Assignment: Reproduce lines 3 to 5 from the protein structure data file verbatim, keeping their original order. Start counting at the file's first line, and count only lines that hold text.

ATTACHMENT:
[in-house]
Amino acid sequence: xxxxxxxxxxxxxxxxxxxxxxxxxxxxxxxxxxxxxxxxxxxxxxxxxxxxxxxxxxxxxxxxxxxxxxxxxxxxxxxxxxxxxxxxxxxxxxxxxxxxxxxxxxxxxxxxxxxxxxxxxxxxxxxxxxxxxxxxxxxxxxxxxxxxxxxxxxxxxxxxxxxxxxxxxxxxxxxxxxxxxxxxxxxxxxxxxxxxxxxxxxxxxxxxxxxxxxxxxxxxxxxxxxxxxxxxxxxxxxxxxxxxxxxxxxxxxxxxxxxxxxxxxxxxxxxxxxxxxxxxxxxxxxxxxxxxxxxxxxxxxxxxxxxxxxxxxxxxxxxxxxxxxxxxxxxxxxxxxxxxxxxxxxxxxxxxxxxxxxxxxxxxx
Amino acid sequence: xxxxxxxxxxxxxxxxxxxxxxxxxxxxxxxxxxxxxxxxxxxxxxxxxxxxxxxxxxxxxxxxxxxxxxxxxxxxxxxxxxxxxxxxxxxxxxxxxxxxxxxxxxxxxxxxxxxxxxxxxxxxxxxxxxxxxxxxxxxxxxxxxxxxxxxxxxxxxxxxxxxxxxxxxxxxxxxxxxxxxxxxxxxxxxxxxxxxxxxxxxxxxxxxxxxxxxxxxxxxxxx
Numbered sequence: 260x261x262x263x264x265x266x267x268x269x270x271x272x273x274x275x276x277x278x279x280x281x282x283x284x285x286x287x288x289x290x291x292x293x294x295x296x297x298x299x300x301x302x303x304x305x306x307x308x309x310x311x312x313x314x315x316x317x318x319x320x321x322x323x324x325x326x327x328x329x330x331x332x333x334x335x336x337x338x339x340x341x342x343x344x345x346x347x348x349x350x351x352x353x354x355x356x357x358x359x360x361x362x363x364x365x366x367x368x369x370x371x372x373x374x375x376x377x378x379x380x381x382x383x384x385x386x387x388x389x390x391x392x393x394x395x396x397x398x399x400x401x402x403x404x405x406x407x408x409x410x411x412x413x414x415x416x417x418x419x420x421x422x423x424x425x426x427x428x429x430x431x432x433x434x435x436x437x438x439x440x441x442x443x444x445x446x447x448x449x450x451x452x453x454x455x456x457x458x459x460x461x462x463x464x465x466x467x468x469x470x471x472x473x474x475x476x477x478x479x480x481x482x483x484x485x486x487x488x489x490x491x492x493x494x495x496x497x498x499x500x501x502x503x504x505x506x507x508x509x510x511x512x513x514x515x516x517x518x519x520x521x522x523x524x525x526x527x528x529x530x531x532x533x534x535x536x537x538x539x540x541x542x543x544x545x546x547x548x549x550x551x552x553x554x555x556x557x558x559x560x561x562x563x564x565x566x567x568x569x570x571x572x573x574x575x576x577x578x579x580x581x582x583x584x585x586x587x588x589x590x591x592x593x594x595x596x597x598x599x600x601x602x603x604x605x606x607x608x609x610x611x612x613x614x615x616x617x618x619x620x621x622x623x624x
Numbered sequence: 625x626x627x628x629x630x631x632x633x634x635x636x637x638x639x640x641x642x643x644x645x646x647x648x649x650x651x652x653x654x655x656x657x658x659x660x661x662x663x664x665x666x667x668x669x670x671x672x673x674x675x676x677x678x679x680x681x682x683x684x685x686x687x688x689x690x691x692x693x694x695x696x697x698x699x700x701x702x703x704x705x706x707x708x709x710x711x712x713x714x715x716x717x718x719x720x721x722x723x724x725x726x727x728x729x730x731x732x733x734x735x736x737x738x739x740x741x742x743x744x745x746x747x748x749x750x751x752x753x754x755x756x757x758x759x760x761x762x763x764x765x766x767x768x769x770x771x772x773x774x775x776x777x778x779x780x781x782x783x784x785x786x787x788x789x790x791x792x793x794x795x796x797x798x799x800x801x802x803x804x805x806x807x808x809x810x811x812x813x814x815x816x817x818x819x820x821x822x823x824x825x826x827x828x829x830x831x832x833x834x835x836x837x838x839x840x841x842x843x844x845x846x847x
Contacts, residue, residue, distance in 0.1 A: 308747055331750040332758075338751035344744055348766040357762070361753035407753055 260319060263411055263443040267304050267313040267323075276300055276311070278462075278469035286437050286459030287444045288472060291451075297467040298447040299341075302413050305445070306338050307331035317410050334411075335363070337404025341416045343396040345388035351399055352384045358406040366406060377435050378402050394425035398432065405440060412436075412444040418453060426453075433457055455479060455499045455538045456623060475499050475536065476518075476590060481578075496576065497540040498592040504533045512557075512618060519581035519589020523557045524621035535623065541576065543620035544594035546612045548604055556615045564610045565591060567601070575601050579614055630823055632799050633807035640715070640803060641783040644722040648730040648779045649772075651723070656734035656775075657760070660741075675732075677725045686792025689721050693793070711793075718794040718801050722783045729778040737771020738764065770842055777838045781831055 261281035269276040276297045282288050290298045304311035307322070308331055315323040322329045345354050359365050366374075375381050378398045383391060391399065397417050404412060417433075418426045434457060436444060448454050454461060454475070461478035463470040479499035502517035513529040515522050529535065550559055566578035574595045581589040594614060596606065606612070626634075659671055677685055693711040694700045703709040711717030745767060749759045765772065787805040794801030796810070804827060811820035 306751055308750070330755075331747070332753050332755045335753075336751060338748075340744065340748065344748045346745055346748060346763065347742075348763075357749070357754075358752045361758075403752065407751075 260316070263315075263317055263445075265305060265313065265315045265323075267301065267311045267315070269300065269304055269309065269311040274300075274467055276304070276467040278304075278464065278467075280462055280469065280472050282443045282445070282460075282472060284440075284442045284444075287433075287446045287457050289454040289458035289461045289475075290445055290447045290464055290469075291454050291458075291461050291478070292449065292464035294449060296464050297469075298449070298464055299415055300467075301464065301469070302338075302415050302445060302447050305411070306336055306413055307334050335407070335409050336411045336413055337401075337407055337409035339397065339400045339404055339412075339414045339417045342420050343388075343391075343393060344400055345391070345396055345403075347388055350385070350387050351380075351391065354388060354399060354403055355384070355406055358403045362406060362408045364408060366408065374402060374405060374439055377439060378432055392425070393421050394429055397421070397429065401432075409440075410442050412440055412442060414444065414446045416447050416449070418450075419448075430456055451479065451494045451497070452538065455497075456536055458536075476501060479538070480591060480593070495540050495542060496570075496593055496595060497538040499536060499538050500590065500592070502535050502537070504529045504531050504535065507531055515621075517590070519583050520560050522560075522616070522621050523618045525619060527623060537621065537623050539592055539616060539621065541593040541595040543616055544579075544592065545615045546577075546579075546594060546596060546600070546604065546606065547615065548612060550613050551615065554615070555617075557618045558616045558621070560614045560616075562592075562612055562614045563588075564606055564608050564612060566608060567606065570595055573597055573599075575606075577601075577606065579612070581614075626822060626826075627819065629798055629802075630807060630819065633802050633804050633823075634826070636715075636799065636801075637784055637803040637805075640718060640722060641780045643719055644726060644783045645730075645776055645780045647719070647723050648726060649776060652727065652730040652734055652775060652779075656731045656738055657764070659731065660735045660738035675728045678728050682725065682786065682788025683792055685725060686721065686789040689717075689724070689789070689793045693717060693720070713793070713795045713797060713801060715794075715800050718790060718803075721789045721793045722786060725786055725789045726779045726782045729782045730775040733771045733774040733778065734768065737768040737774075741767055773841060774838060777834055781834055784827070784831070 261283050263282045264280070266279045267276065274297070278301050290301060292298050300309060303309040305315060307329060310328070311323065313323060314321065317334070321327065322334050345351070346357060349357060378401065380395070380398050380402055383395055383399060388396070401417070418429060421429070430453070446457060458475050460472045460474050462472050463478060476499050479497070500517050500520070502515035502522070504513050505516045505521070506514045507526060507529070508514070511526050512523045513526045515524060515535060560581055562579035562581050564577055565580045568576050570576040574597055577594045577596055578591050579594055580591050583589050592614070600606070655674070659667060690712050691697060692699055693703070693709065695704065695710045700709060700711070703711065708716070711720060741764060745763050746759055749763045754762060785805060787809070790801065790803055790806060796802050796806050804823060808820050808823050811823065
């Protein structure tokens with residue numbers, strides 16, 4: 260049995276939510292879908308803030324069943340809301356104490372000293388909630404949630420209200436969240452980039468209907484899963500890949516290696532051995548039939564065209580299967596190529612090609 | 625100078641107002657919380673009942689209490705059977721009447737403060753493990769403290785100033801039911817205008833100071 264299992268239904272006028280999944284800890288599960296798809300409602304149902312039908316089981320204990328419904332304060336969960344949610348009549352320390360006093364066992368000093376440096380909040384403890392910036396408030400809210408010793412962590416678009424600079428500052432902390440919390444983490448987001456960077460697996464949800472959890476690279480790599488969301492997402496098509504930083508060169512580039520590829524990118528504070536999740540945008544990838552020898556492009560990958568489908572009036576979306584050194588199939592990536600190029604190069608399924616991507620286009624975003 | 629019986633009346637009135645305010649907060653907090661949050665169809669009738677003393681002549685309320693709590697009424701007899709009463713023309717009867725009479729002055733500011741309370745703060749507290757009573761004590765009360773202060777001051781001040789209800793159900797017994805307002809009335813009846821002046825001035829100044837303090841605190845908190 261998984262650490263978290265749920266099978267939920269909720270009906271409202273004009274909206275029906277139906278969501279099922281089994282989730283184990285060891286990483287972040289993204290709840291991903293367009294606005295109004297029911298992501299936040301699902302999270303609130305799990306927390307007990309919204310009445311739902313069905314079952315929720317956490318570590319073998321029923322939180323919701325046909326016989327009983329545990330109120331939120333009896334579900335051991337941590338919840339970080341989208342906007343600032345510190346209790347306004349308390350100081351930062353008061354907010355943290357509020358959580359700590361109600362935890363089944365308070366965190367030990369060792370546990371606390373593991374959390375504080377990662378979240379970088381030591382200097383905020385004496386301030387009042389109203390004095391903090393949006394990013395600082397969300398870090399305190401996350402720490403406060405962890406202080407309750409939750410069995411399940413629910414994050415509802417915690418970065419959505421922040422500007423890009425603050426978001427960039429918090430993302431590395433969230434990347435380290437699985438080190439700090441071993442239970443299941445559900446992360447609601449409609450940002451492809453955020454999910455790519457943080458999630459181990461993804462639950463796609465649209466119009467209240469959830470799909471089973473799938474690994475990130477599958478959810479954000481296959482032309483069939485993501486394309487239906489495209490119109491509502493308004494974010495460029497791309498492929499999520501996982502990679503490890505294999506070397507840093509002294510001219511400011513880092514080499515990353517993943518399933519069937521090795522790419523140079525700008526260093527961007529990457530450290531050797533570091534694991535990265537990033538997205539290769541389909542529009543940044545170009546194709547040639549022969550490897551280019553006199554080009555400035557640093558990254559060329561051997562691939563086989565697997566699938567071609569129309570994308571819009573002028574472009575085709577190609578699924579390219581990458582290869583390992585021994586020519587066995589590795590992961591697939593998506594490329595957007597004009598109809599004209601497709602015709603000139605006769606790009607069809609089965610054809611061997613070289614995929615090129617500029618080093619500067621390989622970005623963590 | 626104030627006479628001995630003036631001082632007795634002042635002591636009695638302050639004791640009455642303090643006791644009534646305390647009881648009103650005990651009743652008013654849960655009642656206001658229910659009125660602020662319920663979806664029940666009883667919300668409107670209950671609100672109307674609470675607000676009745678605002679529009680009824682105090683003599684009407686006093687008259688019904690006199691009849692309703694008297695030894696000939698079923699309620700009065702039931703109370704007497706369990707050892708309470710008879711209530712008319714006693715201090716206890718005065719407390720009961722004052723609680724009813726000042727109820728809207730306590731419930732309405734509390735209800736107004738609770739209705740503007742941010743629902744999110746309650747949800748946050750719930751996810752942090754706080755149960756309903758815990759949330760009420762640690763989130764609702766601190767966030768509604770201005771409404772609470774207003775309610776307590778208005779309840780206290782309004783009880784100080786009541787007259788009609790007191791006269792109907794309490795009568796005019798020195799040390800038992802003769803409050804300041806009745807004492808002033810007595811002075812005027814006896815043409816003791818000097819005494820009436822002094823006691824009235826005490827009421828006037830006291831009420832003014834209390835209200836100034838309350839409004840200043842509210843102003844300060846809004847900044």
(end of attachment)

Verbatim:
Amino acid sequence: xxxxxxxxxxxxxxxxxxxxxxxxxxxxxxxxxxxxxxxxxxxxxxxxxxxxxxxxxxxxxxxxxxxxxxxxxxxxxxxxxxxxxxxxxxxxxxxxxxxxxxxxxxxxxxxxxxxxxxxxxxxxxxxxxxxxxxxxxxxxxxxxxxxxxxxxxxxxxxxxxxxxxxxxxxxxxxxxxxxxxxxxxxxxxxxxxxxxxxxxxxxxxxxxxxxxxxxxxxxxxxx
Numbered sequence: 260x261x262x263x264x265x266x267x268x269x270x271x272x273x274x275x276x277x278x279x280x281x282x283x284x285x286x287x288x289x290x291x292x293x294x295x296x297x298x299x300x301x302x303x304x305x306x307x308x309x310x311x312x313x314x315x316x317x318x319x320x321x322x323x324x325x326x327x328x329x330x331x332x333x334x335x336x337x338x339x340x341x342x343x344x345x346x347x348x349x350x351x352x353x354x355x356x357x358x359x360x361x362x363x364x365x366x367x368x369x370x371x372x373x374x375x376x377x378x379x380x381x382x383x384x385x386x387x388x389x390x391x392x393x394x395x396x397x398x399x400x401x402x403x404x405x406x407x408x409x410x411x412x413x414x415x416x417x418x419x420x421x422x423x424x425x426x427x428x429x430x431x432x433x434x435x436x437x438x439x440x441x442x443x444x445x446x447x448x449x450x451x452x453x454x455x456x457x458x459x460x461x462x463x464x465x466x467x468x469x470x471x472x473x474x475x476x477x478x479x480x481x482x483x484x485x486x487x488x489x490x491x492x493x494x495x496x497x498x499x500x501x502x503x504x505x506x507x508x509x510x511x512x513x514x515x516x517x518x519x520x521x522x523x524x525x526x527x528x529x530x531x532x533x534x535x536x537x538x539x540x541x542x543x544x545x546x547x548x549x550x551x552x553x554x555x556x557x558x559x560x561x562x563x564x565x566x567x568x569x570x571x572x573x574x575x576x577x578x579x580x581x582x583x584x585x586x587x588x589x590x591x592x593x594x595x596x597x598x599x600x601x602x603x604x605x606x607x608x609x610x611x612x613x614x615x616x617x618x619x620x621x622x623x624x
Numbered sequence: 625x626x627x628x629x630x631x632x633x634x635x636x637x638x639x640x641x642x643x644x645x646x647x648x649x650x651x652x653x654x655x656x657x658x659x660x661x662x663x664x665x666x667x668x669x670x671x672x673x674x675x676x677x678x679x680x681x682x683x684x685x686x687x688x689x690x691x692x693x694x695x696x697x698x699x700x701x702x703x704x705x706x707x708x709x710x711x712x713x714x715x716x717x718x719x720x721x722x723x724x725x726x727x728x729x730x731x732x733x734x735x736x737x738x739x740x741x742x743x744x745x746x747x748x749x750x751x752x753x754x755x756x757x758x759x760x761x762x763x764x765x766x767x768x769x770x771x772x773x774x775x776x777x778x779x780x781x782x783x784x785x786x787x788x789x790x791x792x793x794x795x796x797x798x799x800x801x802x803x804x805x806x807x808x809x810x811x812x813x814x815x816x817x818x819x820x821x822x823x824x825x826x827x828x829x830x831x832x833x834x835x836x837x838x839x840x841x842x843x844x845x846x847x